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Massachusetts reforms alimony, other states follow suit

Lawmakers in several states are discussing changes to their alimony laws on the heels of the recent sweeping reform in Massachusetts.

According to a recent news report, New Jersey and Florida are among the states that are considering updating legal guidelines for spousal support.

Alimony is money paid from one spouse to the other after a divorce. These payments allow the spouse with a lower-income to continue to meet his or her living expenses. Alimony laws differ from state to state, but they have been fairly similar across the country for decades - until now.

As we know, Massachusetts changed its alimony laws substantially this fall. The state's new laws include:

• Lifetime spousal support is no longer allowed in most cases. Alimony payments typically expire when the payer reaches retirement or when the payee moves in with a new partner.

• The length of alimony is directly related to the length of the marriage.

Massachusetts updated their alimony laws in an effort to keep up with changing demographics, in which family financial problems are common and many women work - often as the top earner in the household.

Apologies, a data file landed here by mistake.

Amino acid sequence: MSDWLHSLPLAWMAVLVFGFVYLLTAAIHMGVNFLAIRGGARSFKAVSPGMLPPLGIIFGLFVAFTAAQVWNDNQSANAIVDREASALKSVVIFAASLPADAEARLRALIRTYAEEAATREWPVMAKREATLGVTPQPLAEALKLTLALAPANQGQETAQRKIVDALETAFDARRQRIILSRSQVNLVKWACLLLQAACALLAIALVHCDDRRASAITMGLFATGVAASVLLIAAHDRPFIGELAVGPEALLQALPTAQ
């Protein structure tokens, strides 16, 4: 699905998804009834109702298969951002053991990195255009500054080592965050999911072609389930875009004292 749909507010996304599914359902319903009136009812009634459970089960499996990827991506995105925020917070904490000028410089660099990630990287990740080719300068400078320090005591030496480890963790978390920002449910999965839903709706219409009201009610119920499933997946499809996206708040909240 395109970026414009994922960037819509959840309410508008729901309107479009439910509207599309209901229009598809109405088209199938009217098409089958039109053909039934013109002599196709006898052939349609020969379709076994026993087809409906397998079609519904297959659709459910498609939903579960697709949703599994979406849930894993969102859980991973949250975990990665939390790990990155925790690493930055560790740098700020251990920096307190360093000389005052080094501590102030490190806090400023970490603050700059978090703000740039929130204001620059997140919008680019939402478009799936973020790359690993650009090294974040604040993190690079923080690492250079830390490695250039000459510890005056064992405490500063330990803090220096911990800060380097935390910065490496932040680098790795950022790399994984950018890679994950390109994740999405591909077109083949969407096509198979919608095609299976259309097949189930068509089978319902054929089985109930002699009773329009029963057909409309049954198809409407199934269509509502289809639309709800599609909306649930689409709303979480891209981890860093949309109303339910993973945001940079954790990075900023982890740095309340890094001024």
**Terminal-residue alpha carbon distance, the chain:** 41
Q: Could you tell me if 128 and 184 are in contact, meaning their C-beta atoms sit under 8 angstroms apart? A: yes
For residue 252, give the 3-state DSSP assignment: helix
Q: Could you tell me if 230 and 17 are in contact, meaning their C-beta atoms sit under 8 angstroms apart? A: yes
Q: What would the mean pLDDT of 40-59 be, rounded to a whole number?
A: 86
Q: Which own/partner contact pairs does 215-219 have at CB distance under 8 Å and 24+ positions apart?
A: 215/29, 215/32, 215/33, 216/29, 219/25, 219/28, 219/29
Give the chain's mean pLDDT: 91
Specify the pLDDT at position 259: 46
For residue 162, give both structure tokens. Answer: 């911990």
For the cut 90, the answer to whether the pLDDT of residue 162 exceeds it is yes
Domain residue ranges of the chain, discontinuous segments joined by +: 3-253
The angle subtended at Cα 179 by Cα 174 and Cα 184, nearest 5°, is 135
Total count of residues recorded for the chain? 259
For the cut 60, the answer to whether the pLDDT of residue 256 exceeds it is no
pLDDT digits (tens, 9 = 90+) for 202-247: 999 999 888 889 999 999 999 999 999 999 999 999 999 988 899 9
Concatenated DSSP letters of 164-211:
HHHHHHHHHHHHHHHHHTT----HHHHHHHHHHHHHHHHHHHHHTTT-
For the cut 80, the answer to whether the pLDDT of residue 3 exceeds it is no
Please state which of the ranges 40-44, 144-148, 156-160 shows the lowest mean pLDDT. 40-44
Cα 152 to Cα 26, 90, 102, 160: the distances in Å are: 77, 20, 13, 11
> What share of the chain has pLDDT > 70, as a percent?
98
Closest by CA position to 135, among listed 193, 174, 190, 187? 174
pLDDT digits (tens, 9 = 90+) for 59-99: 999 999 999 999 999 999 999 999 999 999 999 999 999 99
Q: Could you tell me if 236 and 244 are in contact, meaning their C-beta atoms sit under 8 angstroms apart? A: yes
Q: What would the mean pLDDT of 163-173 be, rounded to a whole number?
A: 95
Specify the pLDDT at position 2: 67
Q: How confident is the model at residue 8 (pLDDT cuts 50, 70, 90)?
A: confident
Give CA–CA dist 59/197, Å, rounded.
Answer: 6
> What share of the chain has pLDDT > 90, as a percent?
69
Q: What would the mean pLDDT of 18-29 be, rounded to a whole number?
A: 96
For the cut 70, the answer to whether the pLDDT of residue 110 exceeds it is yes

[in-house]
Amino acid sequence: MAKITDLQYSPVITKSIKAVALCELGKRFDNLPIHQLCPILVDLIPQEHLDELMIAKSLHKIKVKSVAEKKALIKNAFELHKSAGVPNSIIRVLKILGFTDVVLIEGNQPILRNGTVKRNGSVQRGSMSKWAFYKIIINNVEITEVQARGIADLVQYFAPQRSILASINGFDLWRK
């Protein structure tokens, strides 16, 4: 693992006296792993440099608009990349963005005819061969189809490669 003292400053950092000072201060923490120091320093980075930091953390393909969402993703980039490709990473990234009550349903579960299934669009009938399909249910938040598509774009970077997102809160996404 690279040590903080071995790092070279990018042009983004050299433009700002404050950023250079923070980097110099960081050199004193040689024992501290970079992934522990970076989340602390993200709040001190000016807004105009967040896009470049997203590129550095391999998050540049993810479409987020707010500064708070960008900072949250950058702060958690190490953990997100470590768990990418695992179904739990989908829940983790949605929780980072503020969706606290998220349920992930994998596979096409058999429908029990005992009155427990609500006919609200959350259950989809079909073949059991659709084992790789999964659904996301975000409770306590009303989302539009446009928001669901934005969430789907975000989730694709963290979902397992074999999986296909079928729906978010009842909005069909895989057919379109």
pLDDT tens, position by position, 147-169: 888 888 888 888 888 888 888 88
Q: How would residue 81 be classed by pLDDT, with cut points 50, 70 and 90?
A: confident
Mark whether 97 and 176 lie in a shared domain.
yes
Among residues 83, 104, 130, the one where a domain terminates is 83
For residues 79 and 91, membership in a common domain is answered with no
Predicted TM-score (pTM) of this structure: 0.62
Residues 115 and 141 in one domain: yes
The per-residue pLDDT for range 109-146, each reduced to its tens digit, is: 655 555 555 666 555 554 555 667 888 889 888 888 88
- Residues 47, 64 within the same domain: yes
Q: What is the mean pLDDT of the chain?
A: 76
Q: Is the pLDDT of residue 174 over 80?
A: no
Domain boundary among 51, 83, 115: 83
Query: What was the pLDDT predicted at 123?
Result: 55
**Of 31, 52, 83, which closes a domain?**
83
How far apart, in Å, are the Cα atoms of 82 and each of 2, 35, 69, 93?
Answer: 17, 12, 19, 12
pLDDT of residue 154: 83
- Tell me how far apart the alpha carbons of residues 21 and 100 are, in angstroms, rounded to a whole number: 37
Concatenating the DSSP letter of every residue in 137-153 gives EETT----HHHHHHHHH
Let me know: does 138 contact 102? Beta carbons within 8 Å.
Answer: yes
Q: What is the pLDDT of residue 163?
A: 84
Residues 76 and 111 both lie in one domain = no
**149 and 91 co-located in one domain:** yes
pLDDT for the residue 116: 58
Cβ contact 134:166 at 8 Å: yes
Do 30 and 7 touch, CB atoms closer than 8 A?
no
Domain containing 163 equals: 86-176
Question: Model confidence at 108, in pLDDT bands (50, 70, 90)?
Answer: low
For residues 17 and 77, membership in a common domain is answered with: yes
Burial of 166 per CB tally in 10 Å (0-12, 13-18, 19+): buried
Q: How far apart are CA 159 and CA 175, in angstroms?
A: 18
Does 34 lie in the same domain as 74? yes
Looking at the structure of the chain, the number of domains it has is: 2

In Florida, critics think their proposed legislation is too drastic. A new bill would put a cap on spousal support at 20 percent of the payer's monthly income; it would also forbid a judge from considering adultery when awarding alimony.

Some think the legislation would hurt women who do not have careers, some of whom did not work at the requests of the husbands.

Even with the new laws in Massachusetts, there are no hard and fast rules to determine spousal support. There are several elements that are considered and it is important to be knowledgeable about your rights in order to look out for your best interests, whether you are a recipient or payer.

Source: ABC News, "Several states moving toward sweeping alimony reform," Ed Greenberger, Nov. 30, 2011

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